Title: Communists and Fascists
Date: 1924
Source: Tranlsated on March 2022 from www.eleuthera.it (pg.104)
Notes: Translation by João Black. Originally published as "Comunisti e fascisti" in the journal Pensiero e Volontà (May 1, 1924).

We are not scandalized by the violence and electoral plots [pastette elettorali] of fascism. Workers must face the matter. The communist conception of electoral and parliamentary tactics does not logically exclude, not even on our part, the… plot [pastetta]. If we could make plots and chase opposing voters away from the polls, it would be comforting because we would be closer to being able to deploy forces ripe for the offensive.

So says the engineer Bordiga in l’Unità, who aspires to be the Lenin, in reduced copy, of communist Italy.

And this is the fundamental reason why fascism was able to triumph and still continues to ravage.

There has been — and not only among those who call themselves communists — a lack of moral revolt against the abuse of brutal force, against the contempt for freedom and human dignity, which is the characteristic of the fascist movement.

Too many people, even among the victims, have thought: we would do the same if we had the force. Naturally, many who have thought so felt attracted to the side where the force was or seemed to be.

But then, if the Communists triumphed, what difference would there be from fascism?

The same bullies, the same thugs who now beat, burn and kill in the name of great Italy, would run into the ranks of the communists and beat, burn and kill in the name of the proletariat; and the engineer Bordiga would find himself in the same position in which Mussolini seems to find himself: after having incited the beast to get on [salire su], he would like to curb it in order to avoid the inevitable fall to which excesses lead, and he could not.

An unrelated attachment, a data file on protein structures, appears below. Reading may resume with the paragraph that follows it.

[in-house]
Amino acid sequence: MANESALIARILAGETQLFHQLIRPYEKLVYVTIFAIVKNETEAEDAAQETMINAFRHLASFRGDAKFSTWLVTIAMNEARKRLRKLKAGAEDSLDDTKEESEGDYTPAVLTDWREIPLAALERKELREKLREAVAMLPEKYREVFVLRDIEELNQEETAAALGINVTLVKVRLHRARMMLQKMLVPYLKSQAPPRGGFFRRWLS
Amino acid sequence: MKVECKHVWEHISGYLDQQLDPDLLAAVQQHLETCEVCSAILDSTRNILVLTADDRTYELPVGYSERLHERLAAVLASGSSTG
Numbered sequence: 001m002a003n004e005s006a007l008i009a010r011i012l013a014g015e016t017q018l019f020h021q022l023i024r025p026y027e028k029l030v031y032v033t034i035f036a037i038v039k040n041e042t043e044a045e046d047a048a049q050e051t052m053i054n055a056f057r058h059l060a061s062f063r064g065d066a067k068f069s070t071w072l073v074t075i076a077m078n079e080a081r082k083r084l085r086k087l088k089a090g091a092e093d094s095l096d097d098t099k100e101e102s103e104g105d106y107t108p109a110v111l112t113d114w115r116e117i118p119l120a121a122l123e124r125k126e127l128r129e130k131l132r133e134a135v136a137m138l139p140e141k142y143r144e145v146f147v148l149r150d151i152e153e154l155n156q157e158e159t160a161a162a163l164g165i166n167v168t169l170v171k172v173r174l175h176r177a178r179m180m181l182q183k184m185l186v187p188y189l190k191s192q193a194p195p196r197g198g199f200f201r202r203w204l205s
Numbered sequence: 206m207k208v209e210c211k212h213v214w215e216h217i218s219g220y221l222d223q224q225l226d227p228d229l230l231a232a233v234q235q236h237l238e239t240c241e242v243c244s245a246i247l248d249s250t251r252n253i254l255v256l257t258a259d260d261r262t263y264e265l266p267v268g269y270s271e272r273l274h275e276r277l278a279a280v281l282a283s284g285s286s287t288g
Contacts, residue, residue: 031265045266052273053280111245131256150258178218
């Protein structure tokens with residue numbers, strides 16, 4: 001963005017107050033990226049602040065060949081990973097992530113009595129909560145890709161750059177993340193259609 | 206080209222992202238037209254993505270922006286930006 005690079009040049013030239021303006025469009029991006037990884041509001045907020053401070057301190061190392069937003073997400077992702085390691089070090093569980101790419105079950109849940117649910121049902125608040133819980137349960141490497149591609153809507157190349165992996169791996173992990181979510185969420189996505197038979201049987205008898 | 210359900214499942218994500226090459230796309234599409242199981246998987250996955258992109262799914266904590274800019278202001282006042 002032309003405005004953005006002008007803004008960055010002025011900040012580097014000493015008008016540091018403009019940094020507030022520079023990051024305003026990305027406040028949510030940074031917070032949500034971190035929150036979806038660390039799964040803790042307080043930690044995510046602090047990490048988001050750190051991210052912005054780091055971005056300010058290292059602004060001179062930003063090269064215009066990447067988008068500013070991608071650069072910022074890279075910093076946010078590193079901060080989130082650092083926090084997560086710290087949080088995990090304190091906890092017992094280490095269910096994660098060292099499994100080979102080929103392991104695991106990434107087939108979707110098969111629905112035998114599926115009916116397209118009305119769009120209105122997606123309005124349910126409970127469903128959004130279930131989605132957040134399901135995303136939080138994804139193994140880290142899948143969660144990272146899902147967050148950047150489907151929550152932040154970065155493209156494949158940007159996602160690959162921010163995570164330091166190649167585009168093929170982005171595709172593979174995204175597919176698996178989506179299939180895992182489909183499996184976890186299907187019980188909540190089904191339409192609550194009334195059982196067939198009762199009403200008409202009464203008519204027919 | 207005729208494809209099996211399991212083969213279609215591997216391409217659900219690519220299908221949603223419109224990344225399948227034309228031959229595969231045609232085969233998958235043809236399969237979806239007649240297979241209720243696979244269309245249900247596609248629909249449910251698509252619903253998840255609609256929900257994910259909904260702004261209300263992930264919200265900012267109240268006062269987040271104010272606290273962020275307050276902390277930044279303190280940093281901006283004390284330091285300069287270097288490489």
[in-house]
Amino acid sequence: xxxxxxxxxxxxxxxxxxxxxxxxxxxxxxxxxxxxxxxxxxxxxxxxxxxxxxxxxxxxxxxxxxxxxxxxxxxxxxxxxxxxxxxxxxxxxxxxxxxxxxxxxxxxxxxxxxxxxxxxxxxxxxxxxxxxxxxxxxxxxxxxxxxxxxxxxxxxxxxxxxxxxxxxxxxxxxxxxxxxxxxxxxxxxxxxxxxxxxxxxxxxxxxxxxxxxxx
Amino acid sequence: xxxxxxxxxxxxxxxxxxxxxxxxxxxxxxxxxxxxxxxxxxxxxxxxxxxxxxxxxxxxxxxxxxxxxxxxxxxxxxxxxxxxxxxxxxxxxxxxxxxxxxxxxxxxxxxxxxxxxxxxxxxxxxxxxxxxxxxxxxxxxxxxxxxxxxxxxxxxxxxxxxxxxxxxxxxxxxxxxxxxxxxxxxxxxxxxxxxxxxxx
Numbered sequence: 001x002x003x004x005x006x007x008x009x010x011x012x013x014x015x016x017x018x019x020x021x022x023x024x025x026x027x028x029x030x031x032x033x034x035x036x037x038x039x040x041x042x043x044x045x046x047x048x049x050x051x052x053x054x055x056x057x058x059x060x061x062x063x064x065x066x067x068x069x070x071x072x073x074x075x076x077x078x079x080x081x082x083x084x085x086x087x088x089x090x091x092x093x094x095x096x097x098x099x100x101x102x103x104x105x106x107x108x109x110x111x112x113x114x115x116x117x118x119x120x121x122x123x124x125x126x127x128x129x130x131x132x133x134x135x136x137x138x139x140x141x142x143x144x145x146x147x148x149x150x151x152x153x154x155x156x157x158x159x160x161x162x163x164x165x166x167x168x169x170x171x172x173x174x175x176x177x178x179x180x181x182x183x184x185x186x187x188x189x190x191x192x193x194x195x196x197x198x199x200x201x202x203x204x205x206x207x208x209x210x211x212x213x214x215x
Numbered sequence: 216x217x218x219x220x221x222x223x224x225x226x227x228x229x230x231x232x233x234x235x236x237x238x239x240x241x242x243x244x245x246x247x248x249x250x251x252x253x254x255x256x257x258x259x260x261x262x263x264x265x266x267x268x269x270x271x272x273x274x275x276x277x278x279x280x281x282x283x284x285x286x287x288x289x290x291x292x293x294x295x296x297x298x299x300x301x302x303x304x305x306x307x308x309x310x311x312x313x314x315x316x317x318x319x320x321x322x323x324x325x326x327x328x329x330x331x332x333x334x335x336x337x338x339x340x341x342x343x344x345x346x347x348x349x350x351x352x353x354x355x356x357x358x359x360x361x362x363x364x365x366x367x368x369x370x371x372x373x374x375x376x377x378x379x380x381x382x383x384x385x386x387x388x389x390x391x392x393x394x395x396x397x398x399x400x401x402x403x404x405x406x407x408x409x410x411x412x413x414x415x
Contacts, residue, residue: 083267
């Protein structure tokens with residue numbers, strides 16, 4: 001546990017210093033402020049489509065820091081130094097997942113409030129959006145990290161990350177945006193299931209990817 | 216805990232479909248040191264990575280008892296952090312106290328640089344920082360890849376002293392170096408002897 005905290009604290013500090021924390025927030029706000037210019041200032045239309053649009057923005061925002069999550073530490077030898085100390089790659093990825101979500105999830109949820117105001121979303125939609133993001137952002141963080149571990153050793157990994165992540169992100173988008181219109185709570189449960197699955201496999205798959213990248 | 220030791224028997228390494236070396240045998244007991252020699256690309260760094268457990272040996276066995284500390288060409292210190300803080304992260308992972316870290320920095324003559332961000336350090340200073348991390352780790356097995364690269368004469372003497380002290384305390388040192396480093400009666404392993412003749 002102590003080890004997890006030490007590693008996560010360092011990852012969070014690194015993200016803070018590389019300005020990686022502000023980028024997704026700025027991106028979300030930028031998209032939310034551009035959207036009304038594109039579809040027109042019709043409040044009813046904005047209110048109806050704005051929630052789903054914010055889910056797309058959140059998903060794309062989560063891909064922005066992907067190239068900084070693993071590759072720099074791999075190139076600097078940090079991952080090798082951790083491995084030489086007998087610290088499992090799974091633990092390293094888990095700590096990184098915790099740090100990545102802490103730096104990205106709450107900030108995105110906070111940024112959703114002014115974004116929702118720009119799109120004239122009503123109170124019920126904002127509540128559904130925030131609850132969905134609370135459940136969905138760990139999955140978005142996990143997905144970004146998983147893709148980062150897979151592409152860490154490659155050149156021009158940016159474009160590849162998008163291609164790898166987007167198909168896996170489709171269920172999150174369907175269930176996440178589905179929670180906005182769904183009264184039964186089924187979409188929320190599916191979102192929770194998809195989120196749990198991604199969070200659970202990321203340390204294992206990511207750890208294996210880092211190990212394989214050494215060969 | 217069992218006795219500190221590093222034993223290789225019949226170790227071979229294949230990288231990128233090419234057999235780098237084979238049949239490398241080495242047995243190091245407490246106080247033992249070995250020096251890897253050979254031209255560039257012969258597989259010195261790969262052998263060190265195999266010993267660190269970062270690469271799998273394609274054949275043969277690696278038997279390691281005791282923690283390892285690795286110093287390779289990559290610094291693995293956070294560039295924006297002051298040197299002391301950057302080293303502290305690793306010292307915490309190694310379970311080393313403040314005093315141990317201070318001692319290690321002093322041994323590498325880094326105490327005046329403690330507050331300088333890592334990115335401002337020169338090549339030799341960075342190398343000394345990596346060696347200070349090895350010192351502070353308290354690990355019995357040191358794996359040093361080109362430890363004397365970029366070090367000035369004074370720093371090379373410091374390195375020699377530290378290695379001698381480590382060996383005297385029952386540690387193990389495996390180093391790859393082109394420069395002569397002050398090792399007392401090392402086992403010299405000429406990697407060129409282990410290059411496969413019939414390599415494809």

The revolution will have to be carried out in the name of justice, freedom and human solidarity and proceed with methods inspired by justice, freedom and solidarity. Otherwise, one will only fall from one tyranny into another.

We had already written this commentary on Bordiga’s lines, which we took from Reggio Emilia’s «La Giustizia», when we are told that from the context of Bordiga’s article those words took on another meaning.

We have not been able to obtain the text of the article, but let our comment pass anyway, because the meaning of those words seems too clear for us to speculate about it.

After all, even if Bordiga didn’t mean exactly what he said, we have heard those things, and even worse, to be said personally by many communists. It is quite the style of a sect.